June 9, 2023 | 5-minute read (908 words)
In the ever-evolving world of business, entrepreneurs and startups face numerous challenges in their pursuit of sustainable growth. One critical aspect that can significantly influence their journey from pre-seed startup to profitability is corporate finance. And, more specifically, the strategic management of their capital structure.
The decisions key business leaders make regarding the composition of their financing — including their debt and equity mix — can significantly impact their ability to maximize shareholder value. That’s what makes corporate finance one of the most complex and impactful strategies for growth.
In this article, we’ll take a look at how your startup’s capital structure can change your growth trajectory, how leverage can boost your profits and your risks, and three proven strategies you can use to increase your long-term shareholder value. If your startup is considering fundraising or reevaluating its capital structure, these insights may help.
What is the best capital structure?
Capital structure refers to the debt and equity financing you use to cover your startup’s operations, investments and growth initiatives. The optimal balance between these sources of funding depends on your industry, operations and growth goals.
The capital structure you choose early on in your growth journey can have a significant effect on your shareholder value. If you choose to take on more debt to fund your operations and investments, you can enjoy greater liquidity and potentially generate a higher return on investment for every dollar of debt you take on. And because debt tends to come at a lower cost than equity, your profitability can increase faster. That, in turn, leads to enhanced shareholder value.
Equity, on the other hand, doesn’t come with fixed interest payments or principal repayment requirements. That’s why equity financing gives your startup greater flexibility from the beginning — especially in your agile early growth stages. And because equity investors want to see your startup succeed, they tend to offer their targeted expertise, mentorship and valuable connections as part of the funding deal. The ROI on a valuable equity partnership is difficult to calculate, but the long-term benefits of equity can outweigh the short-term growth from debt — and create greater shareholder value over time.
If you’re unsure which capital structure your startup should use, consider working with a corporate finance professional well-versed in both. Outsourcing this key strategic maneuver to an experienced CFO can position your company for greater growth, less risk and stronger shareholder value from the start.
The impact of leverage on your shareholder value
As described above, debt financing can offer your startup faster growth, greater capital and amplified shareholder value — but that leverage can also come at a significant cost.
As your startup takes on more and more debt to finance growth and operations, your overall risk increases. If your startup struggles to generate enough profit to cover your interest payments, that little bit of leverage can quickly bankrupt your young company. Or, if you encounter financial difficulties or can’t complete your intended outcome with the cash you have on hand, your startup may be unable to pay back the debt — tanking your shareholder value in the process.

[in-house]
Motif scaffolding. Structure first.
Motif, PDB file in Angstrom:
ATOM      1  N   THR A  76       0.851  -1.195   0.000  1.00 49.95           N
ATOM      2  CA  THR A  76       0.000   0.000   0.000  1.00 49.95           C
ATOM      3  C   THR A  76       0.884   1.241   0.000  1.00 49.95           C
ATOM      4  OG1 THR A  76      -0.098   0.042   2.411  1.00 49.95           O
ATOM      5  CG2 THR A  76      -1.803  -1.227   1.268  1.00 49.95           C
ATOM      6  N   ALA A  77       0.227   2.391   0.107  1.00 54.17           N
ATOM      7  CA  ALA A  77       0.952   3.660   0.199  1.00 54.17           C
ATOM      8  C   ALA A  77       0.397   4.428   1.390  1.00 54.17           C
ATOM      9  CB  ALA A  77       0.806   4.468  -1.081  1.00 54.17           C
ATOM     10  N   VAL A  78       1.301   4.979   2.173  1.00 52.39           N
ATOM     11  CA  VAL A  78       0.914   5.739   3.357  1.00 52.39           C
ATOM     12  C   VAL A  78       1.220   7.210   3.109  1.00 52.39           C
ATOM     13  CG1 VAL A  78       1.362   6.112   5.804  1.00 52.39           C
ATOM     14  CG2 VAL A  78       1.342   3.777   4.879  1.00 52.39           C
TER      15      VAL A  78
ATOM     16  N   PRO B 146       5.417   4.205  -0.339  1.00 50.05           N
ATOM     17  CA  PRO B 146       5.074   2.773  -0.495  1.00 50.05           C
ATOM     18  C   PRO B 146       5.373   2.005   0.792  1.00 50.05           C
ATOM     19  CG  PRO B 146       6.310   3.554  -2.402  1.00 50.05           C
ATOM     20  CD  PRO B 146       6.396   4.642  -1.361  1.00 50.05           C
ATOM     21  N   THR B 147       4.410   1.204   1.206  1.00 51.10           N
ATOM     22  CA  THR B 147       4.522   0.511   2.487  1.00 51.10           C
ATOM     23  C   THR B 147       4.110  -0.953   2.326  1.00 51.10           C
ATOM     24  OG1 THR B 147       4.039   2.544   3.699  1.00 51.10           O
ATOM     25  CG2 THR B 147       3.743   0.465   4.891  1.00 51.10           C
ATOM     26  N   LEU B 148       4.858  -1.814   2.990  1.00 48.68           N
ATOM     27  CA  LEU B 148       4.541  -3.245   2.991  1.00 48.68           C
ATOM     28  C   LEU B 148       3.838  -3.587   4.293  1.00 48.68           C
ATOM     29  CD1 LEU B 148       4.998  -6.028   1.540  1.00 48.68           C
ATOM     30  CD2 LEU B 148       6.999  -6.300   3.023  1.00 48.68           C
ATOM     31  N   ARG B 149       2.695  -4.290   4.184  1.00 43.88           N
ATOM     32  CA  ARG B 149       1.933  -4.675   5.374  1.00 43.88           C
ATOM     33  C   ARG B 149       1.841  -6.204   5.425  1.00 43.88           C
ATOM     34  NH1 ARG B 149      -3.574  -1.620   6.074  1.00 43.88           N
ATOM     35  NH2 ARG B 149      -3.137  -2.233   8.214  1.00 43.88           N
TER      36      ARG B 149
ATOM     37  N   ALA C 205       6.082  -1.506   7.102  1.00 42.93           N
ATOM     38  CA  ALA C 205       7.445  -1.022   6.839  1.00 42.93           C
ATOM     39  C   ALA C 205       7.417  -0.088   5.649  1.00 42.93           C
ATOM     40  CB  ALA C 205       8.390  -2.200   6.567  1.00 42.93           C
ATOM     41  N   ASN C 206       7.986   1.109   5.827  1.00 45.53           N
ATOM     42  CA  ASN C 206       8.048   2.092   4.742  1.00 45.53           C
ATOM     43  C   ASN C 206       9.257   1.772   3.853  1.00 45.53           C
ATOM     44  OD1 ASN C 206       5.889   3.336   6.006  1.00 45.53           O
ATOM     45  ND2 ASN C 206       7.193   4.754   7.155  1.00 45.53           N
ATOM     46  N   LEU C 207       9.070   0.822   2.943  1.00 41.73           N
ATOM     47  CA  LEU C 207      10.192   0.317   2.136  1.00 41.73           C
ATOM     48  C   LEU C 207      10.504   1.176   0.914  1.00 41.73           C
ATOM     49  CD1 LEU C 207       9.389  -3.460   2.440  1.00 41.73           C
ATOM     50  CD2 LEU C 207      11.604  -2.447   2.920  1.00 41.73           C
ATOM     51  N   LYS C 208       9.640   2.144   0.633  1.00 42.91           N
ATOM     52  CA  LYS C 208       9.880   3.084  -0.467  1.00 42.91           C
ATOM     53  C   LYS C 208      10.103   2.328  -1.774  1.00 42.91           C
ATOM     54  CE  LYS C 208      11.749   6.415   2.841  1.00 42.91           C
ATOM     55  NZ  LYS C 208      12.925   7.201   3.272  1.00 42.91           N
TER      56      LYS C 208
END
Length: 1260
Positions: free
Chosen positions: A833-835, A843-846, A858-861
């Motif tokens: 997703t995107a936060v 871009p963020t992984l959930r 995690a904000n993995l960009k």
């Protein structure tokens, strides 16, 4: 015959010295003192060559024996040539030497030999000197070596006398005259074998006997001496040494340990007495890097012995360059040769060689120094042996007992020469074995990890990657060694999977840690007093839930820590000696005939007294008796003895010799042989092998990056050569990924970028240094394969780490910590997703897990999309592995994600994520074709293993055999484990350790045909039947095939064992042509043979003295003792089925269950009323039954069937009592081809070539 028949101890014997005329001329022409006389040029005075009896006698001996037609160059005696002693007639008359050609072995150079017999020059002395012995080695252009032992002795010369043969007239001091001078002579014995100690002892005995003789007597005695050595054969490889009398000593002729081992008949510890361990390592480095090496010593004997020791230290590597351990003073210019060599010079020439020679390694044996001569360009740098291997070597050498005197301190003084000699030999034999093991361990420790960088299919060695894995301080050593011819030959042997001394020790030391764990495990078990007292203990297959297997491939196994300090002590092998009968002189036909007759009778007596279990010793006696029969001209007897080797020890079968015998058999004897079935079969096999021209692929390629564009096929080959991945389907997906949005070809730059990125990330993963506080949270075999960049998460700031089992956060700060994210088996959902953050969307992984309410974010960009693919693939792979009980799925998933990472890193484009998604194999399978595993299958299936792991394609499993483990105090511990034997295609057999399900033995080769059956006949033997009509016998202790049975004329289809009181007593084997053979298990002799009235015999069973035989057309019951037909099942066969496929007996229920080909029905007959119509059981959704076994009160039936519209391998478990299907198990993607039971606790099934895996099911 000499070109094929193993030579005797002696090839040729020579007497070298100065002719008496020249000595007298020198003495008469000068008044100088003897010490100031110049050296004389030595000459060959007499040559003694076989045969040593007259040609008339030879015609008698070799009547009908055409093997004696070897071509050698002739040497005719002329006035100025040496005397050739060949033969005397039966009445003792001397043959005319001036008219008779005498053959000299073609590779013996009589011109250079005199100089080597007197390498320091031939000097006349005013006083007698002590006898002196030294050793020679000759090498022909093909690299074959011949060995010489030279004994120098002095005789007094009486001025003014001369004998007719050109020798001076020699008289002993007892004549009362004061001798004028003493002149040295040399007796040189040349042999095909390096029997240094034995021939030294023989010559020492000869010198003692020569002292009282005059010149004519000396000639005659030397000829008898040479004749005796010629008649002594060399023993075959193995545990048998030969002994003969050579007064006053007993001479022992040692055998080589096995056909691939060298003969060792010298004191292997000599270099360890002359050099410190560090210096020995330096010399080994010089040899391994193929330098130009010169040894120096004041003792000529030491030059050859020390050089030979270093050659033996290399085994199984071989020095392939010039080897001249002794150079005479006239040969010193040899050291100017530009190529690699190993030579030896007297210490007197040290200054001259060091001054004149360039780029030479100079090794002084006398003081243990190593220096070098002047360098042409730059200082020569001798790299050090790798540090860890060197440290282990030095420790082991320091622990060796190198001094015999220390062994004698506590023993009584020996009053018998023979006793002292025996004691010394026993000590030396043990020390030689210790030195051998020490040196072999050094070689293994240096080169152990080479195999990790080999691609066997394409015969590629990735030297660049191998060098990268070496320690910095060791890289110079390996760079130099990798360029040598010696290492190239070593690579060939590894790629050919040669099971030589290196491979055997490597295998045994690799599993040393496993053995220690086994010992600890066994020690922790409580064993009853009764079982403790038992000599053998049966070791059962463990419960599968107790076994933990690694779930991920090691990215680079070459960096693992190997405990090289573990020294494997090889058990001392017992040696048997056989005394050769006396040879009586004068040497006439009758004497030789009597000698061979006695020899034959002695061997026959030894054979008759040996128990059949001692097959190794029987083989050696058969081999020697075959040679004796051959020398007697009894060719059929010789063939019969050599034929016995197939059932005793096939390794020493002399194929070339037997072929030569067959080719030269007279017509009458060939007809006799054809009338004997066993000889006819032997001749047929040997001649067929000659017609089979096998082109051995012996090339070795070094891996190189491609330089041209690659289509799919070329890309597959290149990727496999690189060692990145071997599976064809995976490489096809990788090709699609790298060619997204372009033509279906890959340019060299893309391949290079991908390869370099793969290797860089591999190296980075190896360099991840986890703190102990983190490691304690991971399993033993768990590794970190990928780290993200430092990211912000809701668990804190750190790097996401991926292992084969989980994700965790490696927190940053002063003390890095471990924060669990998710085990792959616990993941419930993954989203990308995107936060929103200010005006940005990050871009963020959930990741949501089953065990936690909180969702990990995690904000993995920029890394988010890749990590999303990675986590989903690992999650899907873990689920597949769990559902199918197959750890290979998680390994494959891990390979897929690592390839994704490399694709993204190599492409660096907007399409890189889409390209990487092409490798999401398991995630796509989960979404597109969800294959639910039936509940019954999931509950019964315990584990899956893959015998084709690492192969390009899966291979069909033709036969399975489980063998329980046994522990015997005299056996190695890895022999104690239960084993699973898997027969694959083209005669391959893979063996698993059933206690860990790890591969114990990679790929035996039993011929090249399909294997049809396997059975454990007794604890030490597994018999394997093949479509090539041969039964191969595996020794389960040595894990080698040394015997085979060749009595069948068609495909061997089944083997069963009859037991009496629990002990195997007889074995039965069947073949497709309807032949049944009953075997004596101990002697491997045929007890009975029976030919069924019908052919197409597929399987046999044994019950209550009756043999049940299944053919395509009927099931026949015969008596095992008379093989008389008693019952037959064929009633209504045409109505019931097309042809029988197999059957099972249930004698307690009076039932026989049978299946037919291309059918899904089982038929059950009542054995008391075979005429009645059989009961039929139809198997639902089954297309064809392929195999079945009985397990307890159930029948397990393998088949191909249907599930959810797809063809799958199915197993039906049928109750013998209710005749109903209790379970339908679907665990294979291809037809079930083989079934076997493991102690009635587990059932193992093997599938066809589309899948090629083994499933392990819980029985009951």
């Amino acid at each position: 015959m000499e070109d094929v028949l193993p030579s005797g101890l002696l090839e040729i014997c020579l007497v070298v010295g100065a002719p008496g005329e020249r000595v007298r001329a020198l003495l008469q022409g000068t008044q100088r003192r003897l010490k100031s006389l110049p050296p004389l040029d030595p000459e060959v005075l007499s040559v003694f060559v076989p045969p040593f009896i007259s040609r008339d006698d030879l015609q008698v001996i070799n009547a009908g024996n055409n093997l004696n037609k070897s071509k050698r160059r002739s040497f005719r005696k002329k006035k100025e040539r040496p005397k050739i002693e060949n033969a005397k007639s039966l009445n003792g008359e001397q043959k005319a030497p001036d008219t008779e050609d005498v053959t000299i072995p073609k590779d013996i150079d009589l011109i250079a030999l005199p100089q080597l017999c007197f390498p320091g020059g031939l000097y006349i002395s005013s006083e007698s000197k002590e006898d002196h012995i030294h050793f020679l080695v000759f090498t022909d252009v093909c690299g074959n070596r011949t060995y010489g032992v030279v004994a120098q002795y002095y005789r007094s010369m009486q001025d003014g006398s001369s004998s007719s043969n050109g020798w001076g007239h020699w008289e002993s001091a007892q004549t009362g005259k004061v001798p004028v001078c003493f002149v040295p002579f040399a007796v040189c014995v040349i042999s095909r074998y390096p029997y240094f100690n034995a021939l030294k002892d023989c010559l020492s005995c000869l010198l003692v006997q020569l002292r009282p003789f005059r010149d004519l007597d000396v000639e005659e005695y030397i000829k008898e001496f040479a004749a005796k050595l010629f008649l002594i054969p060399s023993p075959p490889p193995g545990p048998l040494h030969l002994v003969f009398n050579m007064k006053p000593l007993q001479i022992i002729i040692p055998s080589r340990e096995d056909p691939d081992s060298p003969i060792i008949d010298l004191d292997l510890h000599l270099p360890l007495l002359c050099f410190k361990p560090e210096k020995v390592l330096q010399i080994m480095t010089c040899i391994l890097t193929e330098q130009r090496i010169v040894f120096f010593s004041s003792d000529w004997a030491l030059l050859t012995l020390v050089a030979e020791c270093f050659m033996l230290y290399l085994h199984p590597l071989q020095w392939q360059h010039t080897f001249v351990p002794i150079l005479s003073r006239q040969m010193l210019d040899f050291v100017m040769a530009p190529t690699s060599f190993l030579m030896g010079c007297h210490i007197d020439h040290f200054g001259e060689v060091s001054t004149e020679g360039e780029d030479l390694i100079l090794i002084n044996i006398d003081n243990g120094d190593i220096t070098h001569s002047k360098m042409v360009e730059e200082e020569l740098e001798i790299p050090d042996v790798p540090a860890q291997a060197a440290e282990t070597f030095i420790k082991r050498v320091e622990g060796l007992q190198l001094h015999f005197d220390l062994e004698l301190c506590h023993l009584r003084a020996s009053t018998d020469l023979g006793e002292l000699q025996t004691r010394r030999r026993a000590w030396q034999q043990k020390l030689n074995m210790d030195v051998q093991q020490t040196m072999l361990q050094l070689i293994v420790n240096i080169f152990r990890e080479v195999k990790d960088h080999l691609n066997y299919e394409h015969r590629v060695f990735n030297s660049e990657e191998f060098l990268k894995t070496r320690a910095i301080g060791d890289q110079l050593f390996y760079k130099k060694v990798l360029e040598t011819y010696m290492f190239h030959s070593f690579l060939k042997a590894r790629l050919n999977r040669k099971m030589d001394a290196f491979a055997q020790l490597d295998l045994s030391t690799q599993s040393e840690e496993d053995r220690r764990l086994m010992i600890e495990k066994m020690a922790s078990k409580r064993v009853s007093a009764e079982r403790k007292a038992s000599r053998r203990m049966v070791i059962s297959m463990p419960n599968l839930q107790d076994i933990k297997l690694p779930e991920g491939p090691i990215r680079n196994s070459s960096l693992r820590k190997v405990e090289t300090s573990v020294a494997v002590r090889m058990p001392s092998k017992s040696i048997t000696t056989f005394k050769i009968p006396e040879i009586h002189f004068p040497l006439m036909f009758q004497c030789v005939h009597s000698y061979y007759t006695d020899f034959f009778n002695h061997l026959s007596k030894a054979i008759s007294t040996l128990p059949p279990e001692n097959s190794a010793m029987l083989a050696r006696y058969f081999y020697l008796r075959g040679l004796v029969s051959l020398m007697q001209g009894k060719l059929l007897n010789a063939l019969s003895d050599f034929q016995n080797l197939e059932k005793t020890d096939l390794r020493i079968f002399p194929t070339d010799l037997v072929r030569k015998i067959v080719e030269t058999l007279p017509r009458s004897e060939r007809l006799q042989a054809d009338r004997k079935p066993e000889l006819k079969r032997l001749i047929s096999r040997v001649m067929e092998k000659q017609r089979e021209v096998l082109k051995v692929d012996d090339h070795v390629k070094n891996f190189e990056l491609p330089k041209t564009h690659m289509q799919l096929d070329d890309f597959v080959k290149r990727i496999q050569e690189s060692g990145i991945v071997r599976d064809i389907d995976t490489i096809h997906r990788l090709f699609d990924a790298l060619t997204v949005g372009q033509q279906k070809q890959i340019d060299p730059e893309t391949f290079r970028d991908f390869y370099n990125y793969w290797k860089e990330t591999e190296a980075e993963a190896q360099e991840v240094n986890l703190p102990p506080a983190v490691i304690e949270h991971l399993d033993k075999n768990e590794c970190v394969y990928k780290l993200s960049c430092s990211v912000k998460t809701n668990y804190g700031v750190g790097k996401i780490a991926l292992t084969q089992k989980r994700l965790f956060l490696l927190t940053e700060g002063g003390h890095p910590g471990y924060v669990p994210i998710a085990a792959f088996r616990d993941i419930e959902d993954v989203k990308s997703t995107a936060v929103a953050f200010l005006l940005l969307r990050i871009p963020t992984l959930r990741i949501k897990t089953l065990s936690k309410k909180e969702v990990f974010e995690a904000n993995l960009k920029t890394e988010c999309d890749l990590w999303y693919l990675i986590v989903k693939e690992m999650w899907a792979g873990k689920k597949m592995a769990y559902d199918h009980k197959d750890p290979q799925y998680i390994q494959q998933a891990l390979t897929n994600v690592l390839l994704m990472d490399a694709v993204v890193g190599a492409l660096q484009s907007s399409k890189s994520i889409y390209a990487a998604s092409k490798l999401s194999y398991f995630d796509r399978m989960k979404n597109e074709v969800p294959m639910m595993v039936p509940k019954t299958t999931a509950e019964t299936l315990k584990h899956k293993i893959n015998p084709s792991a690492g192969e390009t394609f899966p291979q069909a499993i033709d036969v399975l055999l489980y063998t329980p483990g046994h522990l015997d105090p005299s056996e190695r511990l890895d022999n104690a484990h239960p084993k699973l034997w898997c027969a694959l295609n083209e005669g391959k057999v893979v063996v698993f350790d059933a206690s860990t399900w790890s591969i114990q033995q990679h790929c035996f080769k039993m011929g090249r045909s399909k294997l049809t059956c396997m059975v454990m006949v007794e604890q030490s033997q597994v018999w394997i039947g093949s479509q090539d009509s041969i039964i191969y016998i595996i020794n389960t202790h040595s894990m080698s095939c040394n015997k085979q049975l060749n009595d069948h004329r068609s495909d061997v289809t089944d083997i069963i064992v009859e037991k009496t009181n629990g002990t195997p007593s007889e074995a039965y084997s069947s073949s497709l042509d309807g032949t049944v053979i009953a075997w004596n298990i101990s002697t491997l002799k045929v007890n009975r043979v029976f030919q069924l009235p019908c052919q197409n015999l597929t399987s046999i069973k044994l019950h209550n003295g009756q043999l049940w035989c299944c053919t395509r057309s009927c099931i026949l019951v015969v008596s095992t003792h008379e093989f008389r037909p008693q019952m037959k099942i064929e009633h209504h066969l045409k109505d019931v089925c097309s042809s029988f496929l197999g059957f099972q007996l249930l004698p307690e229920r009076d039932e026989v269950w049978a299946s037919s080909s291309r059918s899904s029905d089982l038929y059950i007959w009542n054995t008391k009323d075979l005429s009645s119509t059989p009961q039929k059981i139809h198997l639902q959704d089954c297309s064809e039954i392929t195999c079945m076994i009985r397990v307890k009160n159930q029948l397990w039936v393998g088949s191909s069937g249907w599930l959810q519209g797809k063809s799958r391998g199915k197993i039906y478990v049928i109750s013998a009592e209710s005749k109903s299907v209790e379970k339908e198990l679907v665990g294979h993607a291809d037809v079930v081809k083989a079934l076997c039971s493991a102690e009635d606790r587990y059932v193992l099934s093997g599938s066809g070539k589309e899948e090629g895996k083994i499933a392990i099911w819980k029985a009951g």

Too much leverage can jeopardize the financial stability of your company. But the right amount of leverage positions your company for amplified returns.
For example, say you’re a technology startup seeking funds to increase product development. You choose to utilize debt financing and successfully secure a loan. You then use that loan to complete product development and begin manufacturing your new product. And the product is an instant hit! As the sales roll in, your ROI quickly surpasses the interest on your loan, and you’ve used leverage to scale effectively.
If the company in the example above chose to rely on equity — or bootstrap their growth — they could have missed out on the fast-paced growth of a well-timed product. But if the market wasn’t ready for their product, that debt could have bankrupted the business.
Each startup can choose to use leverage — and take on risk — differently. But the general concept is the same. A bit of leverage in the right market can be the key to sustainable growth.
How can your startup apply these insights to increase shareholder value?
In addition to managing your cash flow carefully and minimizing risk where possible, your startup can use these three strategies to maximize shareholder value:
1. Use debt strategically. Amplify your returns and increase your inexpensive working capital by using the right amount of debt to fund your high-potential initiatives. Carefully calculate the optimal level of debt that gives your startup the opportunity to grow, without overleveraging your venture.
2. Balance your debt and equity. The right mix of debt and equity depends on your risk tolerance, goals and the market around you. Striking the right balance between cheap debt and equity that comes with built-in expertise can help your startup optimize its capital structure and increase shareholder value.
3. Outsource your CFO services. Collaborate with an experienced CFO to create a tailored corporate finance strategy that optimizes your capital structure and drives greater shareholder value. Outsourcing allows startups and businesses at every stage, to keep their costs low without sacrificing the services they need for growth.
Corporate finance is a complex, but necessary, part of building a stable company. By integrating these three strategies into your corporate finance plan, you can offer your shareholders exceptional value — and position your startup for long-term success.